Globe-trotting egg tempera artist Doris Steider expresses her love for her subjects in radiant landscapes, still life and architectural compositions. Her path to success included earning her masters degree in art at the University of New Mexico. She explains that her graduate committee decided that her focus on realism was not acceptable. After failed attempts at forcing herself to see abstractly Steider demanded that her realism be honored. For her cheek her committee agreed to accept her realist work only if it was painted in egg tempera. Her struggle to learn a nearly abandoned technique gave her the means to success in the gallery world. “Once I understood the medium I loved its translucent quality. I’ve painted egg tempera ever since.”

Her luminescent landscapes are lit from within giving them a distinctive magical quality. Though Steider works from sketches and her own photography, her paintings are not copies of specific scenes or particular places. She looks for the essential emotional feeling and environmental ambiance of a place and time of day. Her painting reflects the discovered essence of a site while conveying Steider’s search for positive life affirming values in her art.

Rainy Day

Image: © Doris Steider "Rainy Day"
Egg tempera

“I find it very difficult to talk about what I do. I express myself in my art. Painting for me is like breathing and sleeping. It feeds my spirit,” Steider said.


By Wesley Pulkka, artist, critic and arts writer for New Mexico and national publications.

Originally appeared in The Wingspread Collector’s Guide to Santa Fe, Taos & Albuquerque – Vol 19


Related Pages

Glossary of Painting & Drawing Terms article
Enduring Inspiration
article
Early American Modernists in New Mexico
article

Artists of the Santa Fe Trail article
New Mexico: Photographer's Eden
article


Collector’s Resources

Albuquerque

Dennis Liberty 125 Green Valley Road NW | 505-345-3254
Terry Norcross rem By Appointment Only | 505-298-2132
The Albuquerque Museum of Art & History rem 2000 Mountain Road NW | 505-243-7255
Concetta D Gallery pic The Galeria, 20 First Plaza NW Ste 29 | 505-243-5066
Corrales Bosque Gallery pic 4685 Corrales Road, Suite 6 | 505-898-7203
DSG Fine Art rem 510 14th Street SW | 505-266-7751
Framing Concepts Gallery pic 5809-B Juan Tabo NE | 505-294-3246
Jeff Potter rem 1019 Guadalupe Court NW | 505-897-8621
Weems Galleries pic Louisana Plaza and Plaza Don Luis | 505-293-6133
Peter Eller Fine Art & Appraisers rem By Appointment Only | 505-268-7437

Elsewhere in New Mexico

Joyce T Macrorie Studio Gallery pic 639 South San Pedro, Las Cruces, NM | 575-571-8349
Josie's Framery pic 2917 Sudderth Drive | 575-257-4156
Mountain Arts Gallery rem 2530 Sudderth | 575-257-9748

Santa Fe

Pablo Milan Gallery rem 209 Galisteo Street | 505-820-1285
Deborah L Paisner rem By appointment in Santa Fe | 505-577-0240
DR Contemporary rem 123 Galisteo Street |
The Gallery Collection at La Posada Santa Fe pic 330 East Palace Avenue | 505-954-9668
bea pic 610 & 613 Canyon Road | 505-820-2666
Alexandra Stevens Gallery pic 820 Canyon Road | 505-988-1311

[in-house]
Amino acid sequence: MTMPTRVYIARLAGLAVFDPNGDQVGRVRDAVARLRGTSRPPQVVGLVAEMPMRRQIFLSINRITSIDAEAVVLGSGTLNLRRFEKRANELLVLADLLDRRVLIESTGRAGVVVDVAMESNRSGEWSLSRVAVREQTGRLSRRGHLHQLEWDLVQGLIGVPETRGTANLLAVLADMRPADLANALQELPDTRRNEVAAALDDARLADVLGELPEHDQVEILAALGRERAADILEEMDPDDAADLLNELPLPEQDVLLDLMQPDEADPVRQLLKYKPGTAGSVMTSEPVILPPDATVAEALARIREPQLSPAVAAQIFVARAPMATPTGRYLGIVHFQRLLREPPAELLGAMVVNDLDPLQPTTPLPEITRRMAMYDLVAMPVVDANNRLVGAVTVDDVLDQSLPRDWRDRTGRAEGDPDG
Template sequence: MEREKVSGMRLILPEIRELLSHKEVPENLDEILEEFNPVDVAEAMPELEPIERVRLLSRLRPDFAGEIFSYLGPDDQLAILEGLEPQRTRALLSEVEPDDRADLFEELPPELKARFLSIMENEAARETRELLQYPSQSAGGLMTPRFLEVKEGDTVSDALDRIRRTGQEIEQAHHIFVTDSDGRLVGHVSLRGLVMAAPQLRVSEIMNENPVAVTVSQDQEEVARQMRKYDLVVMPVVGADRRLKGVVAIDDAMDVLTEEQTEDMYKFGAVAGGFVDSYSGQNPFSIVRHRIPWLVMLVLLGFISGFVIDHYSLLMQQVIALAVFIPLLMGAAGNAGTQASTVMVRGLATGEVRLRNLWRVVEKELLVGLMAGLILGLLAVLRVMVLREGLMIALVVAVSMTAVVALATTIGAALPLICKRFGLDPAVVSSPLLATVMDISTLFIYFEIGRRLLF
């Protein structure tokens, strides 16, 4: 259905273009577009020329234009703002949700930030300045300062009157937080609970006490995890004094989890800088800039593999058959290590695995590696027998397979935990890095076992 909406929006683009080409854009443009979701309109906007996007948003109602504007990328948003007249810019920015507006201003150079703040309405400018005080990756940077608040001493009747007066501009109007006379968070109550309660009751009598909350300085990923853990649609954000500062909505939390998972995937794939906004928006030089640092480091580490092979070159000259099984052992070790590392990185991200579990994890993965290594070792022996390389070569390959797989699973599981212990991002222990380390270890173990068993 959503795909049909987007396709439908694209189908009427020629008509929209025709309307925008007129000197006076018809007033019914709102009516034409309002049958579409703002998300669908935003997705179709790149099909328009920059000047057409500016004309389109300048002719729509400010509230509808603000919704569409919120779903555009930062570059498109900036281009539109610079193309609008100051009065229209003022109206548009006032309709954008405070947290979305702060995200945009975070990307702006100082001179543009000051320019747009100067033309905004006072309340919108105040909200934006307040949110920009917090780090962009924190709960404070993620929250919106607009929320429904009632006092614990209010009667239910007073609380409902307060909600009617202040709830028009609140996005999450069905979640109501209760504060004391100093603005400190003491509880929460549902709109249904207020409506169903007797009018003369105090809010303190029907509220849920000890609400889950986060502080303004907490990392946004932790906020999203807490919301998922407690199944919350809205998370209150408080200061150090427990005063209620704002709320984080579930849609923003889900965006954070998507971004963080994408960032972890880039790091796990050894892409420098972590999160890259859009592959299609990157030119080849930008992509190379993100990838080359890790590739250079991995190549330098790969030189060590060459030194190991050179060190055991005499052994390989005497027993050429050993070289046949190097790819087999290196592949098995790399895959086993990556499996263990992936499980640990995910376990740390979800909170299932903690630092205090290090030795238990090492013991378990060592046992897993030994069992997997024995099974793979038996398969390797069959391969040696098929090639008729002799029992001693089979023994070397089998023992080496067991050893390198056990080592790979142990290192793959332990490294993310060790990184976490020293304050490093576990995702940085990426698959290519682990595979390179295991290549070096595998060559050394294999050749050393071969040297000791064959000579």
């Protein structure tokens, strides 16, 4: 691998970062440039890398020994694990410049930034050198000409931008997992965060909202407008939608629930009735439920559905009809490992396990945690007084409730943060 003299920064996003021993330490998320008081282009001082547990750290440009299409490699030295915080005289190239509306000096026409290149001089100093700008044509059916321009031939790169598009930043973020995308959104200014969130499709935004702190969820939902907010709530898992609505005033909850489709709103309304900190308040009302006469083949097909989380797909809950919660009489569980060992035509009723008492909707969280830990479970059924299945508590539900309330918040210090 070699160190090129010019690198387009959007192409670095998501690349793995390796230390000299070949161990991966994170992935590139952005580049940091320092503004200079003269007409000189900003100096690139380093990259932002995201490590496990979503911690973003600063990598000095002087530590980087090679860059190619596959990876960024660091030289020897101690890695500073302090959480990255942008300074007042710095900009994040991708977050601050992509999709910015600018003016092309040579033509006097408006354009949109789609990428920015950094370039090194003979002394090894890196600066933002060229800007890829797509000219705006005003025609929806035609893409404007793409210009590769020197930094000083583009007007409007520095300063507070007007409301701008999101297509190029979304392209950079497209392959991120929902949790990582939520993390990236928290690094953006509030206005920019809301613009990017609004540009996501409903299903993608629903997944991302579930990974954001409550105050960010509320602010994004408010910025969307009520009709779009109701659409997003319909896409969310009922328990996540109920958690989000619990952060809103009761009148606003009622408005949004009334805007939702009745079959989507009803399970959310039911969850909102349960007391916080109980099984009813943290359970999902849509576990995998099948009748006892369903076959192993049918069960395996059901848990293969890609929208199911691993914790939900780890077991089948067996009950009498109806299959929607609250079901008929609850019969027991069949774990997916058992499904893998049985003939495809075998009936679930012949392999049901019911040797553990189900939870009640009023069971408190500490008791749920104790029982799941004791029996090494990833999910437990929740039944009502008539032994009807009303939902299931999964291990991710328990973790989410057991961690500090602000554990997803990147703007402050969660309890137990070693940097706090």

Altermann Galleries & Auctioneers rem 345 Camino Del Monte Sol | 505-983-1590
Charles Azbell Gallery pic 203A Canyon Road | 505-988-1875
Cardona-Hine Gallery rem Main Truchas Road, Truchas, NM | 505-689-2253
Gallery Chartreuse rem 216 Washington Ave | 505-992-3391
Chimayo Trading and Mercantile rem State Road 76, Chimayo, NM | 505-351-4566
Gallery 822 rem 822 Canyon Road | 505-989-1700
Giacobbe-Fritz Fine Art rem 702 Canyon Road | 505-986-1156
Greenberg Fine Art rem 205 Canyon Road | 505-955-1500
Noel Hudson pic By Appointment Only | 505-466-6940
Charles Iarrobino rem 4 Thistle Lane | 505-992-8645
InArt Santa Fe rem 219 Delgado just off Canyon Road | 505-983-6537
Kate Jewel rem By Appointment in Santa Fe | 505-984-0605
Manitou Galleries rem 123 West Palace Ave & 225 Canyon Road | 505-986-0440
McLarry Fine Art rem 225 Canyon Road | 505-988-1161
Meyer East Gallery rem 225 Canyon Road | 505-983-1657
Meyer Gallery pic 225 Canyon Road | 505-983-1434
Nedra Matteucci Galleries rem 1075 Paseo de Peralta | 505-982-4631
Niman Fine Art pic 125 Lincoln Ave - Suite 116 | 505-988-5091
The Owings Gallery pic 120 East Marcy Street | 505-982-6244
Barbara Meikle Fine Art pic 236 Delgado | 505-992-0400
Reflection Gallery rem 201 Canyon Road | 505-995-9795
Karan Ruhlen Gallery rem 225 Canyon Road | 505-820-0807
Sage Creek Gallery rem 421 Canyon Road | 505-988-3444
Selby Fleetwood Gallery rem 600 Canyon Road | 505-992-8877
Joe Wade Fine Art rem 102 East Water Street | 505-988-2727
Wadle Galleries Ltd pic 128 West Palace Ave | 505-983-9219
Bill Watson pic An online service | 505-995-0773
Waxlander Gallery rem 622 Canyon Road | 505-984-2202
Windsor Betts Art Brokerage House rem 136 Grant Avenue | 505-820-1234
Winterowd Fine Art pic 701 Canyon Road | 505-992-8878
Zaplin Lampert Gallery rem 651 Canyon Road | 505-982-6100
JW Art Gallery rem 99 Cortez Ave. Hurley | 575-537-0300
Leyba & Ingalls Arts rem 315 N. Bullard | 575-388-5725
Molly Ramolla Fine Art & Framing 307 N. Texas | 575-538-5538
Seedboat Center for the Arts rem 214 W. Yankie | 575-534-1136

Taos

Act I Gallery & Sculpture Garden rem 218 Paseo del Pueblo Norte | 575-758-7831
Jennifer Cavan rem PO Box 388, Angel Fire, NM | 575-377-2539
Chimayo Trading del Norte rem #1 Ranchos Church Plaza | 575-758-0504
Donna Clair pic PO Box 4195, Taos, NM | 575-758-7454
Envision Gallery rem 1405 Paseo del Pueblo Norte | 751-1344
Fenix ONLINE Gallery rem Online Only | 575-758-9120
Harwood Museum of Art pic 238 Ledoux Street | 575-758-9826
Mission Gallery pic 138 Kit Carson Road | 575-758-2861
Tom Noble rem Box 2304 | 575-758-3953
Patti Tronolone 326-A Sanistevan Lane | 575-770-9463
Walden Fine Art pic 125 Kit Carson | 575-758-4575
Wilder Nightingale Fine Art rem 119 Kit Carson Road | 575-758-3255
Welty Art Gallery rem 424 Broadway, Truth or Consequences | 575-894-0095


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RESOURCE LISTS UPDATED WHEN VIEWED | ARTICLE CONTENT REVISED October 14, 2009